```print((x < 0 and false or true))  -- this fails!
```

```print((x >= 0 and true or false))  -- this works!
```

## Anonymous functions/closures

You can insert arbitrary statements inside expressions via an anonymous function (or closure), and this includes if-then-else statements:

```print('x is ' .. (function() if x < 0 then return 'negative' else return 'non-negative' end end)())
```

A main downside is that this creates an anonymous closure on every execution, which may reduce performance in a tight loop. Also, anonymous function syntax is a bit verbose in Lua (as detailed in ShortAnonymousFunctions).

## Functional-if

One can also write `if` as a function:

```function fif(condition, if_true, if_false)
if condition then return if_true else return if_false end
end
print( fif(condition, a, b) )
```

but this does not have the advantage of short-circuiting unless the conditions are expressed as anonymous closures for delayed evaluation:

```function fif(condition, if_true, if_false)
if condition then return if_true() else return if_false() end
end
local x = fif(condition, function() return a end, function() return b end)
print(x)  --> false
```

## Boxing/unboxing

To avoid the above problems with nil's, you may "box" those values in some expression that is never nil. Unfortunately, the boxing imposes an overhead.

```local condition, a, b = true, false, true
local x = (condition and {a} or {b})[1]
print(x)  --> false
```

Here's a similar solution but using functions:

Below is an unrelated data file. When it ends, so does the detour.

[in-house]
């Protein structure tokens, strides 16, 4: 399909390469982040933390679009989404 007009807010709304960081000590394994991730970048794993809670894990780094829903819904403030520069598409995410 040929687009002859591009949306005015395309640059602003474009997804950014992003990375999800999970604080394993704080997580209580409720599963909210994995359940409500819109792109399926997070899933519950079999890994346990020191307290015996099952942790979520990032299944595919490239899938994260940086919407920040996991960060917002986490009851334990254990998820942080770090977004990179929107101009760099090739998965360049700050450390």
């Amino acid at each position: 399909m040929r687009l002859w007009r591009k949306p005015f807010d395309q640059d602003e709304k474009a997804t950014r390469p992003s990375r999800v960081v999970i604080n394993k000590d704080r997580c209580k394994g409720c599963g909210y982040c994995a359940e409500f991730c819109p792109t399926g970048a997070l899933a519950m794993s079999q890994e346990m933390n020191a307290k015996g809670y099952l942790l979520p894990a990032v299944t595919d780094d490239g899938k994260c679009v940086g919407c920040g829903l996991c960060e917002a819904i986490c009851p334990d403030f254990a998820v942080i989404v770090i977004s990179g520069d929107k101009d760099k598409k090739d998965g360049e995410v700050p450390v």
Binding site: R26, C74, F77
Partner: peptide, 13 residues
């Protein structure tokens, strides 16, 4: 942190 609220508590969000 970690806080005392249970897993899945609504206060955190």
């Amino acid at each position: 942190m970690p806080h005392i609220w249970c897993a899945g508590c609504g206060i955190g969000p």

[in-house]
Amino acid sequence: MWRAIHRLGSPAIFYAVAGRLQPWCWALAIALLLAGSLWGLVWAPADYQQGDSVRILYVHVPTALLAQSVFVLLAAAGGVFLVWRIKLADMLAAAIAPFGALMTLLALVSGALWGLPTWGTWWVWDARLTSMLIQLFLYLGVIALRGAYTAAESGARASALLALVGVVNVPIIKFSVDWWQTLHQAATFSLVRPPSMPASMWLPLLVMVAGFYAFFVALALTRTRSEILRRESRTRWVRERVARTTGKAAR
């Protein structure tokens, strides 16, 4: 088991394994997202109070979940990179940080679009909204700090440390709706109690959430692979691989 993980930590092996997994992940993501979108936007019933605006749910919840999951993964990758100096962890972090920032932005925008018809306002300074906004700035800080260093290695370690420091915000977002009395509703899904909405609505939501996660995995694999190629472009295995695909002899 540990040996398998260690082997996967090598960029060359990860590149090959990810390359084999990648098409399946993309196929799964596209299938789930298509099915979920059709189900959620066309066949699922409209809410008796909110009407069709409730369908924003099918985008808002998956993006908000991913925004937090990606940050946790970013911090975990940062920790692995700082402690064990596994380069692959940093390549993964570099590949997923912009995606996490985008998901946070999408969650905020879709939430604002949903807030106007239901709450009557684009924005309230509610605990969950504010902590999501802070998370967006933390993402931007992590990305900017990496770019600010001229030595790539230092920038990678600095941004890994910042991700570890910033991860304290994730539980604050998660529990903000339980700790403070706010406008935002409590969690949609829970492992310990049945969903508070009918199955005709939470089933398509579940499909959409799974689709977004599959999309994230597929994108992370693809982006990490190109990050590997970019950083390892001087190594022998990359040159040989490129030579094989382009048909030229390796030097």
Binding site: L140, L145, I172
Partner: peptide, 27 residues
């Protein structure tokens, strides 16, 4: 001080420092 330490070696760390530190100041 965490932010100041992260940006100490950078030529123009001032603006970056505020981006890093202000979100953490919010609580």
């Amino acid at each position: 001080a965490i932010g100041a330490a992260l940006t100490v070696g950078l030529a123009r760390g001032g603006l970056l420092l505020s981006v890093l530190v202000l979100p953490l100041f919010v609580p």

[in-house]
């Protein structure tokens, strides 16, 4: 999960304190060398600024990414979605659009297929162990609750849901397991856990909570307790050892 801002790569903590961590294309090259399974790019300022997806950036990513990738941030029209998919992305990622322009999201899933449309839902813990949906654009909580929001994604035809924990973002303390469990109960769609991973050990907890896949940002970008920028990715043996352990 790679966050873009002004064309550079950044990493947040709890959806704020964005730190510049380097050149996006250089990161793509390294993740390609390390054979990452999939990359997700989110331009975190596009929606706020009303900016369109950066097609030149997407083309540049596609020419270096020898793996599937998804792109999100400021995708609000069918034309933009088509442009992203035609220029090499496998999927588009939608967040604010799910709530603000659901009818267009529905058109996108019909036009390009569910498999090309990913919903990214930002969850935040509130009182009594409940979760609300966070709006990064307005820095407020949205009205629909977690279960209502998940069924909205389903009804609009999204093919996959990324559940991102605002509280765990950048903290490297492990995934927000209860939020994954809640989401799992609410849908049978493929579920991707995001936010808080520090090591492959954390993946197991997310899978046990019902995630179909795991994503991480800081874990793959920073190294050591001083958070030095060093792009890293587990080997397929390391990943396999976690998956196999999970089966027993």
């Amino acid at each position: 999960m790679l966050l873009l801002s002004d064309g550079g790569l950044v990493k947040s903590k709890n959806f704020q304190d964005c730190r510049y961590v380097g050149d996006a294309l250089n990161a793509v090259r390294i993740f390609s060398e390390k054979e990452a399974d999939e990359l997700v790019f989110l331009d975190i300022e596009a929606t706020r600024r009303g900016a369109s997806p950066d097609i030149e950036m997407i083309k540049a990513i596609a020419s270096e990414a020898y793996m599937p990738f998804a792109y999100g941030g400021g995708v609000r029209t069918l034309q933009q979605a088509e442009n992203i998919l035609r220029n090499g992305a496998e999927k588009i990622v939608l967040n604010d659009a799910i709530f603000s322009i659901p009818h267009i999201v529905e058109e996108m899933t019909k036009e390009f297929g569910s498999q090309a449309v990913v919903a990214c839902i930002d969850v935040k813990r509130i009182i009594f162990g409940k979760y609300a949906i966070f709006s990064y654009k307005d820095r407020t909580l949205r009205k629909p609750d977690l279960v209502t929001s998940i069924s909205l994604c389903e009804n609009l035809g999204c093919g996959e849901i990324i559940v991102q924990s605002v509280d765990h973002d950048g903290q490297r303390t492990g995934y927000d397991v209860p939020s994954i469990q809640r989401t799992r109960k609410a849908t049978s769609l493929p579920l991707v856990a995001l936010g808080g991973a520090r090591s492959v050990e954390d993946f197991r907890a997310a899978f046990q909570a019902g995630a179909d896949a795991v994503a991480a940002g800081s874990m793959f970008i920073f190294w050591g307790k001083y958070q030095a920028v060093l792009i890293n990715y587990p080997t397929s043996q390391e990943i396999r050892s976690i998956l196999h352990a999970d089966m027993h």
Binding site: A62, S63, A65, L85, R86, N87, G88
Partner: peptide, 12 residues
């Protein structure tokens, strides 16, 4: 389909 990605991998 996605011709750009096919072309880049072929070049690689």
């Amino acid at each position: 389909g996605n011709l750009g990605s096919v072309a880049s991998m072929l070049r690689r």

```local False = {}
local Nil = {}
local function bwrap(o)
return o == nil and Nil or o == false and False or o
end
local function bunwrap(o)
if o == Nil then return nil
elseif o == False then return false
else return o end
end

local x = bunwrap(condition and bwrap(a) or b)
print(x)  --> false
```

## Stack

Here's an interesting (and rarely used) stack-like approach, with stack of size 1:

```local save, restore do
local o_saved
save = function(o) o_saved = o; return true end
restore = function() return o_saved end
end

local x = (condition and save(a) or save(b)) and restore()
print(x)  --> false
```

## Syntax Extensions

The following are some proposals for extending Lua syntax to support the ternary operator more directly.

## Simple syntax extension

Perhaps the most Lua-ish syntax extension, introducing no new keywords, and preserving the current conditional syntax as much as possible, is something like these:

```x = if a then b elseif c then d else e end
x = (if a then b elseif c then d else e end)
x = (a then b elseif c then d else e)
```

## Syntax extension: then/or keywords

Some people propose syntaxes like these:

```x = a then b else c
x = a then b or c
```

but they cause ambiguities when used inside conditional statements:

```if a() then b() else c() then d() end
```

## Syntax extension: Pythonic "x if y else z"

There are syntactic advantages to having the condition as the middle argument of the conditional ternary operator, as John Backus pointed out many years ago:

`x = a when a < b else b`

gives `x` the value of `a` if `c` is the first condition to be true. This could be accomplished with the current Lua syntax if `when` were defined as `and` but with arguments interchanged (so with lazy evaluation of its first argument). Unfortunately this is not as straightforward to implement as might at first appear, because it means holding over the evaluation of an expression until a succeeding expression has been evaluated. This is what was done for Python's new conditional expressions [2]. --Anonymous

## MetaLua

MetaLua includes an example ([ifexpr.mlua]) for adding this syntax:

```local foo = if bar then 1 else 2
```

--DavidManura, et al.